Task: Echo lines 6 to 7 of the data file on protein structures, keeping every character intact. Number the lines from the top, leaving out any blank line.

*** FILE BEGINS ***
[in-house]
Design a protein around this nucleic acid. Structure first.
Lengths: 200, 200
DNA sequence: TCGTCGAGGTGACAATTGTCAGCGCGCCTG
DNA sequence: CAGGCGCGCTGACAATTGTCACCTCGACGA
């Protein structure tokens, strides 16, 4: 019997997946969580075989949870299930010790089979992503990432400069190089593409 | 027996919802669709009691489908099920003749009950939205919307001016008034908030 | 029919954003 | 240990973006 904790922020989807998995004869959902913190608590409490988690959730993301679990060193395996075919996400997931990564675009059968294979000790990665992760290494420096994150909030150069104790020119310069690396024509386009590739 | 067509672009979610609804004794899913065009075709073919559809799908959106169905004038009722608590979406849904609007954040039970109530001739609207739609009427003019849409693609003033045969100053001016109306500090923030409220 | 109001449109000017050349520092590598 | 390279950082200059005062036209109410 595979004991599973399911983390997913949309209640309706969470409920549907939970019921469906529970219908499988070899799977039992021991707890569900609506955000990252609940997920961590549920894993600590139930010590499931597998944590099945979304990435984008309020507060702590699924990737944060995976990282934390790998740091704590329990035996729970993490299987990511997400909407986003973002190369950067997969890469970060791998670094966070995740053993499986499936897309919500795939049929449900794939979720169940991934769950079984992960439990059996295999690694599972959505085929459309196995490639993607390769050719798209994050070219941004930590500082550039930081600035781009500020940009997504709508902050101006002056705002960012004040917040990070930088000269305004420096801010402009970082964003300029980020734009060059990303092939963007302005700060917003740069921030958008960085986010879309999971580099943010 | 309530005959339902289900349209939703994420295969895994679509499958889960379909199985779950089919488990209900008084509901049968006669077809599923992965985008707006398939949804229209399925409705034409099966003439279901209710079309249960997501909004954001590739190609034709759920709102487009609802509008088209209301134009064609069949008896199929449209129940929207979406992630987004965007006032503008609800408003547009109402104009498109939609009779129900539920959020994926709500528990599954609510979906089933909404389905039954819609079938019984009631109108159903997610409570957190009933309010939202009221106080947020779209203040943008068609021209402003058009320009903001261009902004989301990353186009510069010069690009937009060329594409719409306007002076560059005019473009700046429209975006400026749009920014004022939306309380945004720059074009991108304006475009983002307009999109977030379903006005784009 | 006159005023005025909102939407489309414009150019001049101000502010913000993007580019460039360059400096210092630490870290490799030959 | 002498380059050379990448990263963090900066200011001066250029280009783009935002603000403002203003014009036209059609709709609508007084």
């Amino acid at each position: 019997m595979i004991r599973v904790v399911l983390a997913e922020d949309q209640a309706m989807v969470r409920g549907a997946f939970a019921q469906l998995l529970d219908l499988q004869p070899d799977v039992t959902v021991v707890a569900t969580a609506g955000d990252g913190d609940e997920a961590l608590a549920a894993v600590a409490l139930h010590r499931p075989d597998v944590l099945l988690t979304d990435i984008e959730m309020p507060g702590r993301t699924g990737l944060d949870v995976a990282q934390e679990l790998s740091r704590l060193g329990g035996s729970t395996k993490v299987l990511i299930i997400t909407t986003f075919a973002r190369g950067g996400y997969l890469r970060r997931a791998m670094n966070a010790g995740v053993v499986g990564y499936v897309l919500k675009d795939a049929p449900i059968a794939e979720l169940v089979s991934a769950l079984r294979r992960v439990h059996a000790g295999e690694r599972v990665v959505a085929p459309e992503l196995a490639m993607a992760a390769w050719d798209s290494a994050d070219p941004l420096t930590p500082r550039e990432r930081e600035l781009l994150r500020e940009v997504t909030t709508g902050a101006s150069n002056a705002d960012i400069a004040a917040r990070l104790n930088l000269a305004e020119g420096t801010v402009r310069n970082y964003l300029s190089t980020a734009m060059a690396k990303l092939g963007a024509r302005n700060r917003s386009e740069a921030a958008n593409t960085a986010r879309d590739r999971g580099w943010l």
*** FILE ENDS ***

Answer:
């Protein structure tokens, strides 16, 4: 019997997946969580075989949870299930010790089979992503990432400069190089593409 | 027996919802669709009691489908099920003749009950939205919307001016008034908030 | 029919954003 | 240990973006 904790922020989807998995004869959902913190608590409490988690959730993301679990060193395996075919996400997931990564675009059968294979000790990665992760290494420096994150909030150069104790020119310069690396024509386009590739 | 067509672009979610609804004794899913065009075709073919559809799908959106169905004038009722608590979406849904609007954040039970109530001739609207739609009427003019849409693609003033045969100053001016109306500090923030409220 | 109001449109000017050349520092590598 | 390279950082200059005062036209109410 595979004991599973399911983390997913949309209640309706969470409920549907939970019921469906529970219908499988070899799977039992021991707890569900609506955000990252609940997920961590549920894993600590139930010590499931597998944590099945979304990435984008309020507060702590699924990737944060995976990282934390790998740091704590329990035996729970993490299987990511997400909407986003973002190369950067997969890469970060791998670094966070995740053993499986499936897309919500795939049929449900794939979720169940991934769950079984992960439990059996295999690694599972959505085929459309196995490639993607390769050719798209994050070219941004930590500082550039930081600035781009500020940009997504709508902050101006002056705002960012004040917040990070930088000269305004420096801010402009970082964003300029980020734009060059990303092939963007302005700060917003740069921030958008960085986010879309999971580099943010 | 309530005959339902289900349209939703994420295969895994679509499958889960379909199985779950089919488990209900008084509901049968006669077809599923992965985008707006398939949804229209399925409705034409099966003439279901209710079309249960997501909004954001590739190609034709759920709102487009609802509008088209209301134009064609069949008896199929449209129940929207979406992630987004965007006032503008609800408003547009109402104009498109939609009779129900539920959020994926709500528990599954609510979906089933909404389905039954819609079938019984009631109108159903997610409570957190009933309010939202009221106080947020779209203040943008068609021209402003058009320009903001261009902004989301990353186009510069010069690009937009060329594409719409306007002076560059005019473009700046429209975006400026749009920014004022939306309380945004720059074009991108304006475009983002307009999109977030379903006005784009 | 006159005023005025909102939407489309414009150019001049101000502010913000993007580019460039360059400096210092630490870290490799030959 | 002498380059050379990448990263963090900066200011001066250029280009783009935002603000403002203003014009036209059609709709609508007084």
């Amino acid at each position: 019997m595979i004991r599973v904790v399911l983390a997913e922020d949309q209640a309706m989807v969470r409920g549907a997946f939970a019921q469906l998995l529970d219908l499988q004869p070899d799977v039992t959902v021991v707890a569900t969580a609506g955000d990252g913190d609940e997920a961590l608590a549920a894993v600590a409490l139930h010590r499931p075989d597998v944590l099945l988690t979304d990435i984008e959730m309020p507060g702590r993301t699924g990737l944060d949870v995976a990282q934390e679990l790998s740091r704590l060193g329990g035996s729970t395996k993490v299987l990511i299930i997400t909407t986003f075919a973002r190369g950067g996400y997969l890469r970060r997931a791998m670094n966070a010790g995740v053993v499986g990564y499936v897309l919500k675009d795939a049929p449900i059968a794939e979720l169940v089979s991934a769950l079984r294979r992960v439990h059996a000790g295999e690694r599972v990665v959505a085929p459309e992503l196995a490639m993607a992760a390769w050719d798209s290494a994050d070219p941004l420096t930590p500082r550039e990432r930081e600035l781009l994150r500020e940009v997504t909030t709508g902050a101006s150069n002056a705002d960012i400069a004040a917040r990070l104790n930088l000269a305004e020119g420096t801010v402009r310069n970082y964003l300029s190089t980020a734009m060059a690396k990303l092939g963007a024509r302005n700060r917003s386009e740069a921030a958008n593409t960085a986010r879309d590739r999971g580099w943010l």